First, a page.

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Another Defendant Sentenced in Slaying of Wichita Man

COLUMBIA, Mo. (AP) — One of eight suspects in the shooting death of a Missouri football player's cousin has been sentenced to eight years in prison.  Twenty-one-year-old Deshon Houston was sentenced in the 2010 death of Aaron Hobson of Wichita.  He pleaded guilty to second-degree robbery in exchange for testifying against the other suspects.  The Columbia Tribune reports that Hobson was visiting Columbia in October 2010 to watch his cousin, Trey Hobson, play in the university's homecoming game. Aaron Hobson was meeting friends at a convenience store when he was robbed and shot.  The triggerman in the death, Daron Peal, has been sentenced to 45 years in prison.

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Judge Refuses to Drop Charges in Family Sex Crimes Case

LIBERTY, Mo. (AP) — A Missouri judge has refused to dismiss rape charges against one of five men accused of molesting young relatives three decades ago at a farm.  Clay County Circuit Judge Larry Harman denied several defense motions to dismiss charges against 54-year-old David Mohler over delays in getting medical and mental health records from the accusers.  Mohler's lawyer had argued that repeated trial delays were unfair to his client.  Mohler, three of his brothers and their father were charged in November 2009 with sexually abusing at least four young relatives on a farm 30 miles east of Kansas City starting in the early 1980s.  The father, Burrell Mohler Senior, was free on bail Friday. David, Jared and Roland Mohler also have bonded out, while Burrell Mohler Junior remains in jail.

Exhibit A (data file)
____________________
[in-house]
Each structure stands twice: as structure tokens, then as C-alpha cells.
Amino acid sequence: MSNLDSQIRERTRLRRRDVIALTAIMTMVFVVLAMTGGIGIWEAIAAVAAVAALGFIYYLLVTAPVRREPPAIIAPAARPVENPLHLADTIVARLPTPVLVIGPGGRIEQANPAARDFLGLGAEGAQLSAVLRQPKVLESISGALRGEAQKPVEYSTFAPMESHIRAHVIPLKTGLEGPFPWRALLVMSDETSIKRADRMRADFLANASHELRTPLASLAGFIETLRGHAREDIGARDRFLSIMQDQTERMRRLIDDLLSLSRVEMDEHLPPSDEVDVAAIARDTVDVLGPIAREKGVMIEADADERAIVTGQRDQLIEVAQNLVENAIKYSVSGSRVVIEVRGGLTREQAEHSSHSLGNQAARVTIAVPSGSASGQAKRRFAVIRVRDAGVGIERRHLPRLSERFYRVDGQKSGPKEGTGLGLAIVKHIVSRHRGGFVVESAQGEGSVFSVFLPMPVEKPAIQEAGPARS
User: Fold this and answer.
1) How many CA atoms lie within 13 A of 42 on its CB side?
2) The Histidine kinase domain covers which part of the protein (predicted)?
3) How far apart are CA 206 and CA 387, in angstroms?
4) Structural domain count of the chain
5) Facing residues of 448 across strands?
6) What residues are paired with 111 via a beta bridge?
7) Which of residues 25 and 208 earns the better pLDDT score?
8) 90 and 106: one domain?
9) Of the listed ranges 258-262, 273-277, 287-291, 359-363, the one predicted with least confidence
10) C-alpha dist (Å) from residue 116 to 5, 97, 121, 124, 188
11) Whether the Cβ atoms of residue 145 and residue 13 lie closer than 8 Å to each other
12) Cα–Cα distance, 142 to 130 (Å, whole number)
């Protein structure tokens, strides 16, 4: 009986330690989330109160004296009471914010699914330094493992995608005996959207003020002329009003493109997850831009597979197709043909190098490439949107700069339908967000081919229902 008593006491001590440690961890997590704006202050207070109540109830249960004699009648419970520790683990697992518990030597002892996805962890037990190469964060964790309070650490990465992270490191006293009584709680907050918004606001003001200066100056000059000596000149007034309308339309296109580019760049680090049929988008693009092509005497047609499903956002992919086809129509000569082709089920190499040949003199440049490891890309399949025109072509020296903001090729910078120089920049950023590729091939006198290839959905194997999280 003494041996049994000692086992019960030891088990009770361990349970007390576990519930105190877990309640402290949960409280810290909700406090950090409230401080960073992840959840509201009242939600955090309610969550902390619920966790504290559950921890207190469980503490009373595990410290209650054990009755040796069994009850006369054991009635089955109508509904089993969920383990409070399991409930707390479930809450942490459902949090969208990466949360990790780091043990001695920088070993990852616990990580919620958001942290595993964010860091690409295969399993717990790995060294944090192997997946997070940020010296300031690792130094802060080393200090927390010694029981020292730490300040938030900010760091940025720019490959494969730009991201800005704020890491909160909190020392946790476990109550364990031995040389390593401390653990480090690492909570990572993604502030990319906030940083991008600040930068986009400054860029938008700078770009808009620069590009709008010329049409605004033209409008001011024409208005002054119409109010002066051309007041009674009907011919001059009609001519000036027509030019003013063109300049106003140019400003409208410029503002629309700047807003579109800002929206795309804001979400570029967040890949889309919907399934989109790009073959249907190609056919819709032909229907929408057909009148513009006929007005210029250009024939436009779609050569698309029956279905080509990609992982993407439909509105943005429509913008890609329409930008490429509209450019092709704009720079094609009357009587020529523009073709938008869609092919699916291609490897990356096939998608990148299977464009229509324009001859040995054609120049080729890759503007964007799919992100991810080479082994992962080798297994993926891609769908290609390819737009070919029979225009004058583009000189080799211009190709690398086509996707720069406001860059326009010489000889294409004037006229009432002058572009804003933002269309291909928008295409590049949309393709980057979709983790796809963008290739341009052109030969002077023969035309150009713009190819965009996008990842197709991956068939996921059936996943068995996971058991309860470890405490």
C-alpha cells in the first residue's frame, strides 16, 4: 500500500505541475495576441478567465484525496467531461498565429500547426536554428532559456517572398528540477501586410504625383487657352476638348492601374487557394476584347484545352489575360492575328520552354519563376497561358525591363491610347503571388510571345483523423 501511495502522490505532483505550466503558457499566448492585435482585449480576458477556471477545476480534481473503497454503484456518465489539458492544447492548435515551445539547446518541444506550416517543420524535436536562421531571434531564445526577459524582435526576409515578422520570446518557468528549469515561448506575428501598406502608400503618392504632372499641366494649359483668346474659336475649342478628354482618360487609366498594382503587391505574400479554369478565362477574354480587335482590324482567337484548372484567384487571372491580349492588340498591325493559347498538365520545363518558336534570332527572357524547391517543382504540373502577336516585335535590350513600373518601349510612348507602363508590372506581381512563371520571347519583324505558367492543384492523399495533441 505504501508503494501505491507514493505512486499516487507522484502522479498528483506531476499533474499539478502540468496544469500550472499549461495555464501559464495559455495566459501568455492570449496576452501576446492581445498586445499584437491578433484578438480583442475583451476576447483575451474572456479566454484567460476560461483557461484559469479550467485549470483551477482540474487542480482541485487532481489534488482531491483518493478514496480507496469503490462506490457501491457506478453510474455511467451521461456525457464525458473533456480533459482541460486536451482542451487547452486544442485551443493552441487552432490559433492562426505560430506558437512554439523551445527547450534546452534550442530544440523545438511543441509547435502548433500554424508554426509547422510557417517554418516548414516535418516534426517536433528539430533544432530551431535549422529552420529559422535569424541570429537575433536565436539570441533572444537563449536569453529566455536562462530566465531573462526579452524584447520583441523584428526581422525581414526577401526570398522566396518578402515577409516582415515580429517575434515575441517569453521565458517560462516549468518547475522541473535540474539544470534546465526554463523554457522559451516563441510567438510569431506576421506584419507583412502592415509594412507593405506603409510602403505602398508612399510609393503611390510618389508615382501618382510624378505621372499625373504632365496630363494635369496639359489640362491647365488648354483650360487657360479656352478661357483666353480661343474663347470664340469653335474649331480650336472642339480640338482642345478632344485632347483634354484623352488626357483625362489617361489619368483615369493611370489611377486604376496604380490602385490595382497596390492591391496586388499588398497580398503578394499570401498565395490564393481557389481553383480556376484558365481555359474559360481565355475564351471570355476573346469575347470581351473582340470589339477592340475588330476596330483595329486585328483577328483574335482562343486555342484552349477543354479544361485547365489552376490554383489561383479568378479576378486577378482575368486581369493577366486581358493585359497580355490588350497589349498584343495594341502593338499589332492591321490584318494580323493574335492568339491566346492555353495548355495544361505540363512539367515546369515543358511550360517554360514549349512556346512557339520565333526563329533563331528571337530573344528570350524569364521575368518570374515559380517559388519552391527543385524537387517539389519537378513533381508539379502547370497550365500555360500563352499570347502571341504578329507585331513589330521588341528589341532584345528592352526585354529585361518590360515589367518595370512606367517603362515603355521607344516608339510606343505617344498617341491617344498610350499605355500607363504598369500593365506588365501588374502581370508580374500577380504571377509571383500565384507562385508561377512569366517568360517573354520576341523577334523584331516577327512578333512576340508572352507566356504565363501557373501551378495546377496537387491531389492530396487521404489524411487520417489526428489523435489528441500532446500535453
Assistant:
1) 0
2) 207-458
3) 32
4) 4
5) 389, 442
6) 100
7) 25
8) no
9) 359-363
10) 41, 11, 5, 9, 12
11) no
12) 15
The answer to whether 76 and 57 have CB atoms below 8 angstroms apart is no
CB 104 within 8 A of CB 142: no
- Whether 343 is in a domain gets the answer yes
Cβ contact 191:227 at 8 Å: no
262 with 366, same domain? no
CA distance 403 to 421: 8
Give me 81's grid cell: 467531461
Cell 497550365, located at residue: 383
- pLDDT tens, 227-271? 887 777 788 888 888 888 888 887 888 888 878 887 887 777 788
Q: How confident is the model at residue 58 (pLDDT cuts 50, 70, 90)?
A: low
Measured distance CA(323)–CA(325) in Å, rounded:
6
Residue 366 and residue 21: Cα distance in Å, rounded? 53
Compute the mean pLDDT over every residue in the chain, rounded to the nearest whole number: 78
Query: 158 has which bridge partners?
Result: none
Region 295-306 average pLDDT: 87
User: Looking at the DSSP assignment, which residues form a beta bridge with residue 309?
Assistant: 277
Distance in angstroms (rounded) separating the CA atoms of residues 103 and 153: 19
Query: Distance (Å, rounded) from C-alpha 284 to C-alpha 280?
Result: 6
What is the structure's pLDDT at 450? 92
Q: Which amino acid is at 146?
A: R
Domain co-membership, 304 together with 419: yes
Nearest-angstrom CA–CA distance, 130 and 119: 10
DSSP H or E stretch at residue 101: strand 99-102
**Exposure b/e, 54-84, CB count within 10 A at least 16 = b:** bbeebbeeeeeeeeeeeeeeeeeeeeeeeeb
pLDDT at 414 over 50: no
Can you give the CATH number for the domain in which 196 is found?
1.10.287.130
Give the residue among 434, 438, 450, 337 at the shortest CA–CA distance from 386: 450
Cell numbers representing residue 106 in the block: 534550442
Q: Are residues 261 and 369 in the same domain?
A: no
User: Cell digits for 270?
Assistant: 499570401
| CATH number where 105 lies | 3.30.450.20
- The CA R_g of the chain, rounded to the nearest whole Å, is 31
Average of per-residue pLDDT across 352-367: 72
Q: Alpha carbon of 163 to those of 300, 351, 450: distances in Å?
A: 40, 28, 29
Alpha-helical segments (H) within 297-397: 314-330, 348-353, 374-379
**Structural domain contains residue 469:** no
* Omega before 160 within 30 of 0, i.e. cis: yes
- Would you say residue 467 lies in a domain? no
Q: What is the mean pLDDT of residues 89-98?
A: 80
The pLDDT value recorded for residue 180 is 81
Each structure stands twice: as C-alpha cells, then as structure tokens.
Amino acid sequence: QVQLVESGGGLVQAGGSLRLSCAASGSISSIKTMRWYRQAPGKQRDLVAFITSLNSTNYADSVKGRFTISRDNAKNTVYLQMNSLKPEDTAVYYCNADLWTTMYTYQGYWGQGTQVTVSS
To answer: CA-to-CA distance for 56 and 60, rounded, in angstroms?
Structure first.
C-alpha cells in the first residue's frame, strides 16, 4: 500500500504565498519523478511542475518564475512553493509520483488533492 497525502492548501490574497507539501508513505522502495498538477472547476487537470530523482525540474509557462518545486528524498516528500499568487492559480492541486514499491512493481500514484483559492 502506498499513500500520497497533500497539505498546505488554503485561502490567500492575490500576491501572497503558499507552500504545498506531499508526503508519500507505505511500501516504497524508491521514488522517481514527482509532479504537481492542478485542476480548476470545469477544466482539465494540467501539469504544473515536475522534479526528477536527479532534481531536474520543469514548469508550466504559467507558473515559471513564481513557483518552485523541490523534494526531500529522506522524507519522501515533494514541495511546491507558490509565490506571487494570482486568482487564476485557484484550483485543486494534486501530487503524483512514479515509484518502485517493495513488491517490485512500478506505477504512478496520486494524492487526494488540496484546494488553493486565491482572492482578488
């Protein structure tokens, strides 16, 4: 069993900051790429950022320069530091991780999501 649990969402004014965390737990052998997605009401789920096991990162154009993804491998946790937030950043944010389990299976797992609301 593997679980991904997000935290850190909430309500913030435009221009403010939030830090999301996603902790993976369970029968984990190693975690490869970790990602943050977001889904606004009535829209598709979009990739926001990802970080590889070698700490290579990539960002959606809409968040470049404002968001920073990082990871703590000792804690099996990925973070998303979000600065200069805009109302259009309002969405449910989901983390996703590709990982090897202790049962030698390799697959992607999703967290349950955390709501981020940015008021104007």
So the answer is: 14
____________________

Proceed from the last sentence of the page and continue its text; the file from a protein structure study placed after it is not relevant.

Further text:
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Army Reviewing KU Program for Wounded Veterans

LAWRENCE, Kan. (AP) — The U.S. Army is reviewing a program that sends wounded veterans to the University of Kansas for graduate study.  The Wounded Warrior Initiative provides funds for wounded soldiers to pursue master's and doctoral studies in areas that support research and academic programs. In return, the veterans make a six-year commitment to the Army.  The Lawrence Journal-World reports that the program is being reviewed and the Army has not recruited any new soldiers for the 2013 school year.  U.S. Army Major Michael Flatoff is a spokesman for the U.S. Army Training and Doctrine Command, which oversees the program.  He says the program was a pilot project that is being evaluated to determine if it should be continued. He had no timetable for when the review would be completed.

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KS Researcher Who Faked Data Faces Sentencing